A new charitable initiative will see optometrists address undiagnosed eye conditions in thousands of low-decile Kiwi schoolchildren throughout New Zealand.
Sixty optometrists from around the country have committed to providing their time free of charge, to investigate and address vision problems among low-decile primary school children.
An initial pilot study found 42 percent of year 4-7 students at a decile one school were living with a range of eyesight conditions, raising concerns there could be thousands more struggling to see clearly.
The initiative will see free frames and lenses donated by the Essilor Vision Foundation in addition to the optometrists providing their services free.
As part of the new initiative, optometrists will visit schools and use specialised equipment to screen for a wide range of conditions, including long and short sightedness, astigmatism, myopia and hyperopia, all of which can present significant barriers to a child’s learning.
While there is a current screening programme for children in their first week of school, children's eyes are not sufficiently matured until between the ages of 9-12, which is when eyecare practitioners are able to pick up additional conditions.
MP for Manurewa, Louisa Wall, will attend the official launch of the Essilor Vision Foundation at a national optometrist’s conference on Friday.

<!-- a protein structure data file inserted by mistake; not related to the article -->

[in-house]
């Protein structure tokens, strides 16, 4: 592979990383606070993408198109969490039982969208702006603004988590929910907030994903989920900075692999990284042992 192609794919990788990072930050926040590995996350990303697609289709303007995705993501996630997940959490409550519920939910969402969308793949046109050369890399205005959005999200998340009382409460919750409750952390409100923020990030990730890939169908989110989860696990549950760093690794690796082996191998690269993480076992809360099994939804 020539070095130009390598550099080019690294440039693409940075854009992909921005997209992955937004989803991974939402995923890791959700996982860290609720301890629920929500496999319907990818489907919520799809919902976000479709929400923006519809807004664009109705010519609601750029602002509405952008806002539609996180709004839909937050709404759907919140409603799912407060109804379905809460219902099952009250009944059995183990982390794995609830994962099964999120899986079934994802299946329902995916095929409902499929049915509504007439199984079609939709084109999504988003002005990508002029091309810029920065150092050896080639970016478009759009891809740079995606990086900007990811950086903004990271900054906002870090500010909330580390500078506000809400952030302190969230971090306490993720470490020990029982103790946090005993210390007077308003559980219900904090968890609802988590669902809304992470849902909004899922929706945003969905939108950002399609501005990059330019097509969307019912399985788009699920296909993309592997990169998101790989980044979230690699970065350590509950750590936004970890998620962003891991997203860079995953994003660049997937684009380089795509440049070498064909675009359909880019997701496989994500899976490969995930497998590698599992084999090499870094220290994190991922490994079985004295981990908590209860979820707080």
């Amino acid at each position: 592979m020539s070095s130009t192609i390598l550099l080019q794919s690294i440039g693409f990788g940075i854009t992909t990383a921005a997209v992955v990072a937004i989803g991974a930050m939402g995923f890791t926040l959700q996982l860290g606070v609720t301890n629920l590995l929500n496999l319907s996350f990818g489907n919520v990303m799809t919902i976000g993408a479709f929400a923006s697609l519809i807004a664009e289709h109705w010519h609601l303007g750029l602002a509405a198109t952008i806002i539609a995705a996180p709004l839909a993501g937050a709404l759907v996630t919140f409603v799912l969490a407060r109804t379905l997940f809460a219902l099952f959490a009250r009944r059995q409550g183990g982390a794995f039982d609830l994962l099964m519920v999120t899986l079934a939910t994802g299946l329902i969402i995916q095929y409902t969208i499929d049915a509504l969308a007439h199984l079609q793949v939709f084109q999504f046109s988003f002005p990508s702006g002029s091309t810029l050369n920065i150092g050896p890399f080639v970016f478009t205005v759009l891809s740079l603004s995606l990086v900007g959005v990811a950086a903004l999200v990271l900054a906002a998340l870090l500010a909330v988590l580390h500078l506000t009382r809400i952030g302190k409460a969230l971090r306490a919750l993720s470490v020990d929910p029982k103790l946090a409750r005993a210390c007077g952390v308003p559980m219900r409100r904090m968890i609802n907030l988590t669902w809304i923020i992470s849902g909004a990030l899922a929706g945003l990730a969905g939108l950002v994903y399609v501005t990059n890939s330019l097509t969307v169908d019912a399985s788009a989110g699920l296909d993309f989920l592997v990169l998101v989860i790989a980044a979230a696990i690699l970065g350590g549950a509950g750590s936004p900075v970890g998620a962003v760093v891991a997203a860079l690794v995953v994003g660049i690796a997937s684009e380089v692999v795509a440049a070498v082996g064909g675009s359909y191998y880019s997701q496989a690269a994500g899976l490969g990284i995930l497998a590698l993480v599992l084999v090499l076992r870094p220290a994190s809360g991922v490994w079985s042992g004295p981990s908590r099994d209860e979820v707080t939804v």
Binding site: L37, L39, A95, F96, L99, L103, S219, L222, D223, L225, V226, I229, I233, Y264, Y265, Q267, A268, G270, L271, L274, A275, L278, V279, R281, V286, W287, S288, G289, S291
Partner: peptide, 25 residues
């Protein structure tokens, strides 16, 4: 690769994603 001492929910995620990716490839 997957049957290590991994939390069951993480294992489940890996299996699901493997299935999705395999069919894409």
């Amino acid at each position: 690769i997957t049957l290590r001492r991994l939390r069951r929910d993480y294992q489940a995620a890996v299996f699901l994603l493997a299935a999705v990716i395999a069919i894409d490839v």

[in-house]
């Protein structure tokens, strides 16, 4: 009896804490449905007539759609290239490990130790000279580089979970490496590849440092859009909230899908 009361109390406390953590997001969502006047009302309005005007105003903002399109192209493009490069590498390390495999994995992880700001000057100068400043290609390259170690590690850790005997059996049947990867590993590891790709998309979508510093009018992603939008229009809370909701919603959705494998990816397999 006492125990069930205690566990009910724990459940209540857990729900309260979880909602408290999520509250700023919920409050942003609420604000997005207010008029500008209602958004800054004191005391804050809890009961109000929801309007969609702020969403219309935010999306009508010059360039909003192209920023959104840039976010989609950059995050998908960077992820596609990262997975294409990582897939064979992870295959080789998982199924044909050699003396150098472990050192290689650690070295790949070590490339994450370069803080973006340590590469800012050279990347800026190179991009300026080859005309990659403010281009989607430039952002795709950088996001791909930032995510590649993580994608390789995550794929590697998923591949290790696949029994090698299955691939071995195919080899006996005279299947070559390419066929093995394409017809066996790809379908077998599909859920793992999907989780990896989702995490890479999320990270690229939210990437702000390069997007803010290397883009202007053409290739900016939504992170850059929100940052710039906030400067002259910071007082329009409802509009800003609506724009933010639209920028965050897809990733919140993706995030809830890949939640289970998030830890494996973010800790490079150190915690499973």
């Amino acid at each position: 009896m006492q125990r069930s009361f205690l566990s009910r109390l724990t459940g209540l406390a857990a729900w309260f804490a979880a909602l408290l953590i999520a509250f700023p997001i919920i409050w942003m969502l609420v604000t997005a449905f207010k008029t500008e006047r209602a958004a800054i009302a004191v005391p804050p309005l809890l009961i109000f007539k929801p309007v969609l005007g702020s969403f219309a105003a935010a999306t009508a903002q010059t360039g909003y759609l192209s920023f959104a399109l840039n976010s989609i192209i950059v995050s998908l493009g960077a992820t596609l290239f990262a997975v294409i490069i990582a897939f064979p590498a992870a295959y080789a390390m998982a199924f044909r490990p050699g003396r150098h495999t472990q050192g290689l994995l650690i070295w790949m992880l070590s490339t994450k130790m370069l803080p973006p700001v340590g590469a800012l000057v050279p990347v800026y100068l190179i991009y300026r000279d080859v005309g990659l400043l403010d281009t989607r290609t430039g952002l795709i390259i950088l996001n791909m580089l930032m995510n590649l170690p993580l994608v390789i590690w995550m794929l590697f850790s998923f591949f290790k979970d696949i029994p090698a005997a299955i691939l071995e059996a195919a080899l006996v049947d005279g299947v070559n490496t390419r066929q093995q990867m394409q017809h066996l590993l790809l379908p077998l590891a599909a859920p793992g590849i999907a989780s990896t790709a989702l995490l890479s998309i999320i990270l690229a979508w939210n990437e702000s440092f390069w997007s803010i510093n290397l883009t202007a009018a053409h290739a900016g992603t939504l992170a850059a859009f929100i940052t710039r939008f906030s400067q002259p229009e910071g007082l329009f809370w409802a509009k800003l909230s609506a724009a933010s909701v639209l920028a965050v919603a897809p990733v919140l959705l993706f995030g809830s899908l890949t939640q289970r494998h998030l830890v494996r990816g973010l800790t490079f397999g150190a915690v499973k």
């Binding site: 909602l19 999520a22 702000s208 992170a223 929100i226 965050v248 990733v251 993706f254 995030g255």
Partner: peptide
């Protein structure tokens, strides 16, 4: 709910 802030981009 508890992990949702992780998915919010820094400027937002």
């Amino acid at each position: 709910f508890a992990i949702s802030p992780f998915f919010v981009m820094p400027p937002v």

Ms Wall has worked as a policy advisor for the Children and Families Commissions, the Human Rights Commission, and holds a Bachelor’s degree in social policy.
The MP says she’s grateful to the participating optometrists for the contribution of their specialist skills to the project.
“Thank you to the Essilor Vision Foundation and optometrists from across New Zealand for giving their time and expertise to ensure that our most vulnerable children can be assessed and their needs met so they are in the best position to learn,” says Ms Wall.
"We must remove all barriers to learning so all children have the opportunity to read and to participate fully. Without full sight, you can't fully read and you can't fully participate. This limitation is preventable and it is through initiatives such as that proposed today that will make a big difference in the lives of all our children, families and communities."
Tim Thurn, professional services director, Essilor says the work of the optometrists around New Zealand will make a huge difference to the lives of many children.
“We know from experience that children with vision problems cannot perform to their full potential in school. Some will be misdiagnosed with behavioral problems when it is simply that they can’t see what the teacher is writing on the board at the front of the class,” he says.
Experts estimate 80 percent of a child’s learning at school is visual, and children with undiagnosed conditions can avoid reading and other school tasks to avoid discomfort.
The Essilor Vision Foundation screening will start in March/April 2016, and will take place in decile one and two schools throughout New Zealand.